In China and Southeast Asia, a number of apps have emerged that provide a wide range of core services that cover almost all of life’s needs within a single app—referred to as “super apps”. More specifically, super apps offer services including food delivery, travel booking, video streaming, and the purchase of insurance products. In addition, the provision of financial services via super apps is also set to expand going forward.
In China, the two leading super apps are Tencent’s WeChat and Alibaba affiliate Ant Group’s Alipay. Other companies use these platforms to lead customers to their services, or use the payment system to guide them to purchase services and goods. Both of these super apps have grown in China's unique internet environment, where domestic companies are protected by the “Great Firewall of China” (also known as the “Golden Shield Project”), which makes it difficult for foreign IT companies to enter the market. While certain features can be used outside China, it remains difficult for non-Chinese companies and foreign nationals to use these apps to their full extent.
In Southeast Asia, Grab and Gojek both started as ride-hailing apps but have been transforming into super apps by building their own platforms and partnering with other companies. These platforms are currently growing, and there are many opportunities for new companies to join. No longer simply referred to as ride-hailing apps, Grab and Gojek have added online and offline payment functionalities to their apps (GrabPay and GoPay), essentially becoming fintech companies.
The spread of the COVID-19 pandemic is having a major impact on consumer needs. For example, the use of ride-hailing services slumped due to lockdowns, while Gojek also announced the discontinuation of certain services, including its house cleaning service. Both Grab and Gojek have also had to reduce staff numbers due to the pandemic. On the other hand, the use of their food delivery and payment services is rising rapidly. In the face of this shifting consumer landscape, Grab, in particular, is focusing on the strengthening of its financial services, including its loan services for SMEs.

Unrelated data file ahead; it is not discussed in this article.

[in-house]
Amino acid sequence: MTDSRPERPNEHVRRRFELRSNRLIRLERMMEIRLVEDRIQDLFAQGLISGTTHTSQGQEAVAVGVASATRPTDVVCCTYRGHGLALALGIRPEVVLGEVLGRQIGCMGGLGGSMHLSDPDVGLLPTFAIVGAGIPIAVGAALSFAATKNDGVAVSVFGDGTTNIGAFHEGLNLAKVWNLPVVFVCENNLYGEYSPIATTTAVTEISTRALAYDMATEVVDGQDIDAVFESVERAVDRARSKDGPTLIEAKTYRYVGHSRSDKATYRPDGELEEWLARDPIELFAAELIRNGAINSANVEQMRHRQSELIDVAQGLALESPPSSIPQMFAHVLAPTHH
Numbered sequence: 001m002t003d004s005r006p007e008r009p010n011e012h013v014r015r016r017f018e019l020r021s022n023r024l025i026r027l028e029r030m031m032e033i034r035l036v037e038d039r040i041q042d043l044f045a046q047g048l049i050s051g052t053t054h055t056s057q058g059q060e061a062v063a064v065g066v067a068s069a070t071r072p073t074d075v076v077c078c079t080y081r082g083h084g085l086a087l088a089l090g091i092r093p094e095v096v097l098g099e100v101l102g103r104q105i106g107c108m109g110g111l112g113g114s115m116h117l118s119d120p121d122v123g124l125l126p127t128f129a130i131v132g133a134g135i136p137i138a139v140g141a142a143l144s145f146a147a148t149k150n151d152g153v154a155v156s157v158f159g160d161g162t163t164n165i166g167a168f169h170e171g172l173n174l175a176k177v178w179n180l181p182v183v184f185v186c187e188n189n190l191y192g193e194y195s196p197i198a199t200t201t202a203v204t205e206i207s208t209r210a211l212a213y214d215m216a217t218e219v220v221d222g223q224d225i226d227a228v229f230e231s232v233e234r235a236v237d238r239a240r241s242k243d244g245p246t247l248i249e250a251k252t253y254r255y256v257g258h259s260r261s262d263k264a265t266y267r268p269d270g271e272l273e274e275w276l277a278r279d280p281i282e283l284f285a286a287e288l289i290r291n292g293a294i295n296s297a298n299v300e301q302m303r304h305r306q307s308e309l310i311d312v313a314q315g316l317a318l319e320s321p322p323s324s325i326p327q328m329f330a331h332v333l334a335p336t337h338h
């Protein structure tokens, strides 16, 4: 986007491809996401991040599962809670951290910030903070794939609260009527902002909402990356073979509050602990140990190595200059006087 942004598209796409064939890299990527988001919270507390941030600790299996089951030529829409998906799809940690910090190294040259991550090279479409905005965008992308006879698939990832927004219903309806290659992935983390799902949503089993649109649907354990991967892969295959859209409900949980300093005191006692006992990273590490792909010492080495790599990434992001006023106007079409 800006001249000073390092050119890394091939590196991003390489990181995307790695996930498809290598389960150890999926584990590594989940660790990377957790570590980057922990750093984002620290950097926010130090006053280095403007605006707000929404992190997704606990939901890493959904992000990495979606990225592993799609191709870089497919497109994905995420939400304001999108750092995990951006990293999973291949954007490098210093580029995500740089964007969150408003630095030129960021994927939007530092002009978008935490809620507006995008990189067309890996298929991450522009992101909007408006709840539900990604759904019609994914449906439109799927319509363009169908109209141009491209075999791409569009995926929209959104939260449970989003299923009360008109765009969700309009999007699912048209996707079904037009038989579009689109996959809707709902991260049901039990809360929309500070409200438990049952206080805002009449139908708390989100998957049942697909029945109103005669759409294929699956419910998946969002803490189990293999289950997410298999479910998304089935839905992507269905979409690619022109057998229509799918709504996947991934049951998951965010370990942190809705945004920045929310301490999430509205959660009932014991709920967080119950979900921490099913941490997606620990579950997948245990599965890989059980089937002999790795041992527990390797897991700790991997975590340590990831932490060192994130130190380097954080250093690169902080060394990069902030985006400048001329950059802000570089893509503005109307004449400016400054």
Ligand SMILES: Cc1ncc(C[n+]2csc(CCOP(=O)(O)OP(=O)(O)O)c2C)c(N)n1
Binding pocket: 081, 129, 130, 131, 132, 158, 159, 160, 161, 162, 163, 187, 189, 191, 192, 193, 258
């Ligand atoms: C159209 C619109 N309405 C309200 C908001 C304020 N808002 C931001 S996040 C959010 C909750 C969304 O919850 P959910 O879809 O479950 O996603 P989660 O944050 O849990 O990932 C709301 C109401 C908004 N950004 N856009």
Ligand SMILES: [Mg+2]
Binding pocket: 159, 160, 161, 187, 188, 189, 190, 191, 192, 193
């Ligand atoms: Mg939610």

This report focuses primarily on Grab and Gojek, both of which are at a stage where their basic ecosystems are dynamically evolving in an open internet environment without any special restrictions, allowing for the participation of B2C and B2B companies from a wide range of industries.
Although financial data on Grab and Gojek is limited because both are private companies, publicly released materials indicate that Grab’s net revenue has been steadily growing in recent years, rising from USD 500 million in 2017 to USD 1.1 billion in 2018, and further to USD 2.3 billion in 2019. Meanwhile, according to its official blog, Gojek’s gross transaction value (GTV) totalled USD 90 billion in 2018. In terms of funding, Grab and Gojek have raised USD 1.01 billion (31 rounds, Series I) and USD 4.8 billion (10 rounds, Series F), respectively (excluding undisclosed funds; as of 30 October 2020 according to Crunchbase). Both have become so-called “decacorns”—privately held startups with a market cap in excess of USD 10 billion. While they primarily attracted venture capital in their early days, subsequent rounds have attracted major investments from Asian IT giants such as Alibaba, Tencent, and Softbank. Over the past two to three years, in particular, they have also received notable investments from multinationals in Japan, the US, and South Korea, as well as from conglomerates in the ASEAN region, for the purposes of business synergy.